Birding at RBG
Royal Botanical Gardens provides easy access to some of the most diverse birding in Ontario.
The birding experience can be as relaxing as watching nighthawks and swifts during the evening summer music series in Hendrie Park, or as dramatic as a hike out to the Spencer Creek delta to see 1000s of swallows and blackbirds. Try visiting the Garden areas during spring bloom festivals. Common species include Broadwing Hawks during Rock Garden spring ephemerals, Rose-breasted Grosbeaks during Arboretum lilacs, Baltimore Orioles during Laking Garden irises, and Chimney Swifts during Hendrie Park roses.
Looking for a guide? Sign up for one of RBG’s organized birding programs at rbg.ca/publicprograms
What Bird Species Can I Find at RBG?
Almost any species can be spotted at the right time of the year, and with our nature sanctuaries located at the head of Lake Ontario and sheltered by the Niagara Escarpment there are always birds present. The trail system provides intimate experiences and observation platforms into a variety of habitats including the largest remaining coastal marshes on western Lake Ontario, old growth forests, meadows, exposed escarpment edges, and the garden areas themselves. Annually about 300 species can be observed, most are migrants, with about 100 species found on site in the summer.
Report your Sightings with iNaturalist
“One of the world’s most popular nature apps, iNaturalist helps you identify the plants and animals around you. Get connected with a community of over a million scientists and naturalists who can help you learn more about nature! What’s more, by recording and sharing your observations, you’ll create research quality data for scientists working to better understand and protect nature. iNaturalist is a joint initiative by the California Academy of Sciences and the National Geographic Society.”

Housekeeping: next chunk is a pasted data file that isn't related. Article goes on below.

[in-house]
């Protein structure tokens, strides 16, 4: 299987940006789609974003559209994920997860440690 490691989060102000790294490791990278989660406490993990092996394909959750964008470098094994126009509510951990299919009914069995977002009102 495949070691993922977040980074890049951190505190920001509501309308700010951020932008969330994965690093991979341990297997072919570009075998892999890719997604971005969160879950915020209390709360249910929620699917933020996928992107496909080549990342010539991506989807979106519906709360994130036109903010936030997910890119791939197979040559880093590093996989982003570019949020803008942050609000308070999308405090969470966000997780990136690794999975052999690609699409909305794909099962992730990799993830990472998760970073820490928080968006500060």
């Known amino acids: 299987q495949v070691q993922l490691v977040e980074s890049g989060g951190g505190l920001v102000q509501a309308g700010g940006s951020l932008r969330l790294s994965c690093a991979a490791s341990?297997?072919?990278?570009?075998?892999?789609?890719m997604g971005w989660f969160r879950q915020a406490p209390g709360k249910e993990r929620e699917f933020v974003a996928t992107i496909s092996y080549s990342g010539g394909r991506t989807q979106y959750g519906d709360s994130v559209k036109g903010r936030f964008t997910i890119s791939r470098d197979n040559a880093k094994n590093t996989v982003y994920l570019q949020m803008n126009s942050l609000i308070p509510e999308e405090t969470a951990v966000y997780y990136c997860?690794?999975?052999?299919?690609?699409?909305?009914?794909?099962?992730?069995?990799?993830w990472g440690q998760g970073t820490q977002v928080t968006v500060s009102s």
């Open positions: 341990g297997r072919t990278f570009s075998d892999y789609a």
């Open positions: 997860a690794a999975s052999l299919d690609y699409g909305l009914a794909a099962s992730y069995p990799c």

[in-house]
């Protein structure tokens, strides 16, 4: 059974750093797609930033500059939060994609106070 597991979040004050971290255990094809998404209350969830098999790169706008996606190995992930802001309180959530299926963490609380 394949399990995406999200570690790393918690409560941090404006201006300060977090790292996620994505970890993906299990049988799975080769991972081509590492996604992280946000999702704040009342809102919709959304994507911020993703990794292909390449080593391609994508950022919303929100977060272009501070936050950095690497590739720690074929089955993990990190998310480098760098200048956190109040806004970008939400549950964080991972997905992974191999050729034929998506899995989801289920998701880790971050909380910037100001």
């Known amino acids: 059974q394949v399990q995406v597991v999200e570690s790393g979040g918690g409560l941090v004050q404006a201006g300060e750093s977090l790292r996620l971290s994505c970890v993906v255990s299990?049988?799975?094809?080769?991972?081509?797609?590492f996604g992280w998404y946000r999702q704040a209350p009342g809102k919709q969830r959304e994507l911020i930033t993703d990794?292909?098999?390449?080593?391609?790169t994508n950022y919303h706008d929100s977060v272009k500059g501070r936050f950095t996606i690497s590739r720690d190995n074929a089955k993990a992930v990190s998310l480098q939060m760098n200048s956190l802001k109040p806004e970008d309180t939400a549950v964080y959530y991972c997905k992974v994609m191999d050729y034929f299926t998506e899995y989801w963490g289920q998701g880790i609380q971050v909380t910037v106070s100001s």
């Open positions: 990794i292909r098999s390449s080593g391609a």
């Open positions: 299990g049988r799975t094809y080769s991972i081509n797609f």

Over 200 Species Observed!
Bird Biodiversity & Conservation
RBG is dominated by the Cootes Paradise Nature Reserve, a Nationally Important Bird Area at the head of Lake Ontario, and surrounded by the Niagara Escarpment. Its most easily accessible site is Princess Point at the south east corner of the marsh. The most spectacular and isolated location is the Marsh Boardwalk Platform overlooking the Spencer Creek delta. The site is accessed from the Arboretum and is adjacent to the Hopkins Woods and Spencer Creek Special Protection Areas. Concentrations of birds and species at this location are often awe inspiring and are highlighted by the year round resident Bald Eagles.
Learn more about birding at Royal Botanical Gardens and beyond with tips, guides, articles, and more!
Bald Eagles at RBG
In 2013, RBG was home to the first eaglets to hatch on the Canadian shoreline of Lake Ontario in over 50 years.
Long Watch Project
The Long Watch is a volunteer-run project to accumulate seasonal data on bird populations on natural lands owned by RBG.
The Cornell Lab of Ornithology
The Cornell Lab of Ornithology is a world leader in the study, appreciation, and conservation of birds. Check out their website for a fantastic guide to birding and species.
Shop Birding Products
Looking for some resources to take with you on the trails? First, stop in at Shop at the Gardens in RBG Centre (680 Plains Rd. W.) and we can help you get started! Choose from a wide selection of books, field guides, pamphlets, and more to help on your next birding excursion!
Visit rbg.ca/shop for hours and more information.
Support Conservation at RBG
These conservation projects are possible thanks to the generous support of RBG Members and donors. With a donation to Growing up Green, you can ensure an active, vibrant and healthy future for the children of today and tomorrow through our horticultural and conservation projects.
Royal Botanical Gardens (RBG) is the largest botanical garden in Canada, a National Historic Site, and registered charitable organization with a mandate to bring together people, plants and nature.
More Ways to Experience the Nature Sanctuaries
RBG’s nature sanctuaries feature more than 27 km of nature trails in Burlington & Hamilton.
See the marsh and its inhabitants from a new perspective as your guide leads you from one shore of Cootes Paradise to Another
Princess Point provides access to a natural skating area across Cootes Paradise.